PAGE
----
Section 40(1) has to be read as a whole. So read: (A) when the suit is for cancellation of a decree or other document for money, then the value of the subject-matter of the suit will be:- (i) the whole amount for which the decree was passed or the document was executed, if what is sought to be cancelled is the whole of the decree or the whole of the document; and (ii) such part of the amount for which the decree was passed or the document was executed, if only part of the decree or part of the document is sought to be cancelled; (B) when the suit is for cancellation of a decree or other document for a property having money-value, then, the value of the subject-matter of the suit will be:- (i) if the whole of the decree or the document is sought to be cancelled - the value of the property covered by the decree or the document; and (ii) if only part of the decree or of the document is to be cancelled; value of such part of the property in respect of which the decree was passed or the document was executed and to which extent such decree or such document is to be cancelled. We are not impressed with the submission that there is a distinction between the expressions `the value of the property for which the decree was passed or other document was executed' and `the value of the property in respect of which the decree was passed or other document was executed' for the purpose of computation of court-fees. The scheme of S.40 is to make court-fees leviable on the sum of money or portion thereof, when what the plaintiff seeks is to get rid of his obligation and liability therefor or part 2 thereof under a decree passed or a document executed by cancellation thereof, and on the money-equivalent of the property or portion thereof, when what he seeks to get rid of is his obligation and liability in relation to that property or portion thereof under a decree passed or a document executed in respect of it by cancellation thereof."

25. In R. Rangiah v. Thimma Setty (1963) 1 Mysore Law Journal 67, the Division Bench of Mysore High Court interpreted Section 4(iv)(A) of Mysore Court Fees Act, which is substantially similar to Section 40 of the Act and held that:

"Now, one thing which is very clear from the paragraphs 1 & 2 of S.4 (iv) A is that in a suit brought for the cancellation of a document executed for the purpose of securing property, the Court Fee payable is on the value of such property. Although those paragraphs do not refer in terms to the market value of the property, as some of the other parts of the Act do, I have no doubt in my mind that the word `value' occurring in those paragraphs has reference to no other value than the market value. The word `value' when it occurs in an enactment like the Court Fees Act, has to my mind, particularly known and definite meaning. That word has reference to the price which the property will fetch when exposed to the test of competition.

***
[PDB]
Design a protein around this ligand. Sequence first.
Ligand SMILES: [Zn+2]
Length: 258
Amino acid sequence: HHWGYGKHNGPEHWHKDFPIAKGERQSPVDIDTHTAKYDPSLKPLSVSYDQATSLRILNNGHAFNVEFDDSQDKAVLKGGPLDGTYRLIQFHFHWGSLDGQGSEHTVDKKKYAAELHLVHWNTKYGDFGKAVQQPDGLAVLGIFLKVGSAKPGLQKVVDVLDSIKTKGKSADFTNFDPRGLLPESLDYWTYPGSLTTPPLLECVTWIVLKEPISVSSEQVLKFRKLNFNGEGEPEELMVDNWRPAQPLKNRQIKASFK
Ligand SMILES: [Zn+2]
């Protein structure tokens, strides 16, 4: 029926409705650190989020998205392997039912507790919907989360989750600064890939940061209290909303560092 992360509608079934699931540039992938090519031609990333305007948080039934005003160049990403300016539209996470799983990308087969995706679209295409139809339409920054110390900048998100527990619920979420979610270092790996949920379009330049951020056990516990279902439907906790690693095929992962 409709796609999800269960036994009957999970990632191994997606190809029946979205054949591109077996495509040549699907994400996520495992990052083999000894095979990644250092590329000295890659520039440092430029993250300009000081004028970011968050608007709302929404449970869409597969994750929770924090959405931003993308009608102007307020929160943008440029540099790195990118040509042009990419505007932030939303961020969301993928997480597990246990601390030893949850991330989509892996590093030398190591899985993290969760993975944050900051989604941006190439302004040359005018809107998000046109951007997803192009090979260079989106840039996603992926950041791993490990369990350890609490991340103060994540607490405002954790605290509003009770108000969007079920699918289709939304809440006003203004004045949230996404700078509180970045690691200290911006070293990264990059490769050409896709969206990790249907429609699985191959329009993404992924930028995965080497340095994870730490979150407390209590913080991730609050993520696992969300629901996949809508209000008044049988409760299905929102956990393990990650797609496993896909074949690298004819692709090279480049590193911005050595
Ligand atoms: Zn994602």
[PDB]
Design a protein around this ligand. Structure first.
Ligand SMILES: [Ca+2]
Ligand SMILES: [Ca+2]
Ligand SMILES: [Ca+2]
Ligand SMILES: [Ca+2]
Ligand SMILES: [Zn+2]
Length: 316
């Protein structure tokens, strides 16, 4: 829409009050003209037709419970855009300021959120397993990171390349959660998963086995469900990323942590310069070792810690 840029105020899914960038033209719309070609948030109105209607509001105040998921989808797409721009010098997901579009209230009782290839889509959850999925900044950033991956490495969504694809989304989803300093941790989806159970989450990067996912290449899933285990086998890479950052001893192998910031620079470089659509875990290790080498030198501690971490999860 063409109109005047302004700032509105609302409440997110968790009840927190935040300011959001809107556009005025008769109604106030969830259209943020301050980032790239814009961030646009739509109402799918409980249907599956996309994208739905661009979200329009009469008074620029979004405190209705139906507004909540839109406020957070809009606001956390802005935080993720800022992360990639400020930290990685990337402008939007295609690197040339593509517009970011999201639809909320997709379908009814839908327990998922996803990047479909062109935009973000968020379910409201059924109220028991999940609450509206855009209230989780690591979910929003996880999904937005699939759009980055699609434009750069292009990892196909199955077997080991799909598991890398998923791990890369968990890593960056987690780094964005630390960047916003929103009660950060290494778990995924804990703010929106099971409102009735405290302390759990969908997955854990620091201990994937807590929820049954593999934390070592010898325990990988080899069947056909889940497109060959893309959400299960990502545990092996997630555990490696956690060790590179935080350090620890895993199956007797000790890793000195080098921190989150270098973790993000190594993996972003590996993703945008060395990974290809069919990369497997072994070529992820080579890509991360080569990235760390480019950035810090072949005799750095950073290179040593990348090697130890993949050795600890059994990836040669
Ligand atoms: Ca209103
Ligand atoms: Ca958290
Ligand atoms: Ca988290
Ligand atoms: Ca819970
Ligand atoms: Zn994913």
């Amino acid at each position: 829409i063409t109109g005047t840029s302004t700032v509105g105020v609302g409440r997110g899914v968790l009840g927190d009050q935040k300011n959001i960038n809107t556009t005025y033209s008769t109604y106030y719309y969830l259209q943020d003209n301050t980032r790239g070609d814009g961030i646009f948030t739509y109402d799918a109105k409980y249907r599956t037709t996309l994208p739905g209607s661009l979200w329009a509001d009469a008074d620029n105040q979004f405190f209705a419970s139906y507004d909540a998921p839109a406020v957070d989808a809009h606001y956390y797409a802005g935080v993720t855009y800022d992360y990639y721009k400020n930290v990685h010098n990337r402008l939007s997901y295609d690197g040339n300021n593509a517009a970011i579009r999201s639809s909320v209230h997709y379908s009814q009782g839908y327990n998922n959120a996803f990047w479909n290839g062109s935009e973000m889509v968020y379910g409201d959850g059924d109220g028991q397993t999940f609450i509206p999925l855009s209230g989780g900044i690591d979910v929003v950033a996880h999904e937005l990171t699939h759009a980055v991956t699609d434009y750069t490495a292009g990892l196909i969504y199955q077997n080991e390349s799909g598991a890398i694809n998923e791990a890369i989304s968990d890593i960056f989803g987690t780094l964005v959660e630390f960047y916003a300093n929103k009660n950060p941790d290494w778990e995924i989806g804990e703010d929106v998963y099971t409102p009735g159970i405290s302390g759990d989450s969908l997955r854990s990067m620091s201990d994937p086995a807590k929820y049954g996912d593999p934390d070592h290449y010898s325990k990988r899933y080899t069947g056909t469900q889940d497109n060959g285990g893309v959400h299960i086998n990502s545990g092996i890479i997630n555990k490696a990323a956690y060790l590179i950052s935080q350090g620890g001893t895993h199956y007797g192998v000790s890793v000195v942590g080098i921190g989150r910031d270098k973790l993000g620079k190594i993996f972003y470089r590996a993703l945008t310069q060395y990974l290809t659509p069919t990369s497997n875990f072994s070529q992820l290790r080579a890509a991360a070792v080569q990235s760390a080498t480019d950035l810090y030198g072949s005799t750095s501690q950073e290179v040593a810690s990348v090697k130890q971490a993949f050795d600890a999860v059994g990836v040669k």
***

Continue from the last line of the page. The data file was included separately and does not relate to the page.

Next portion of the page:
Mr. Gopivallabha Iyengar had to admit that the word `value' occurring in the first paragraph would have to be understood as the market value if paragraphs 2 and 3 did not exist in S.4(iv) A. If, therefore, the word `value' occurring in the first paragraph means market value, I see nothing in paragraphs 2 and 3 on which Mr. Gopivallabha Iyengar strongly relied which can persuade me to take the view that the word `value' occurring in the first paragraph which, as ordinarily understood, is the market value, should be understood differently.

Paragraph 2 does no more than to merely provide that, if a document is sought to be cancelled in its entirety, the Court Fee is payable on the value of the whole of the property in 2 respect of which the document is executed. Likewise paragraph 3 merely provides that where the cancellation sought is a partial cancellation, Court Fee is payable only on the value of the property in respect of which cancellation is sought. It is for that purpose that the words "value shall be deemed to be" are used by the Legislature in the first paragraph of the clause and not for the purpose of assigning to the word `value' occurring in the first paragraph a meaning different from that which has to be ordinarily given to it.

It is no doubt true that the second paragraph of S.4(iv) A directs that the Court Fee payable in a suit brought for the cancellation of a document is the Court Fee on the value of the property `for which' the document was executed. Ordinarily the expression `for which' occurring in that paragraph might have justified the interpretation that the amount on which the Curt Fee has to be paid is the amount specified in the document.

But, that, that would not be correct way of understanding those words occurring in paragraph 2 of that clause is clear from the fact that S.4(iv) A does not provide merely for cancellation of a document executed for a specified consideration such as a sale deed, but also provides for the payment of Court Fee even in suits brought for cancellation of other documents such as a deed of settlement, a gift deed or a trust deed. In the latter category of cases it would not be appropriate to regard those documents as executed for a consideration or a specified amount and those cases would not be cases in which there would be any value `for which the document is executed.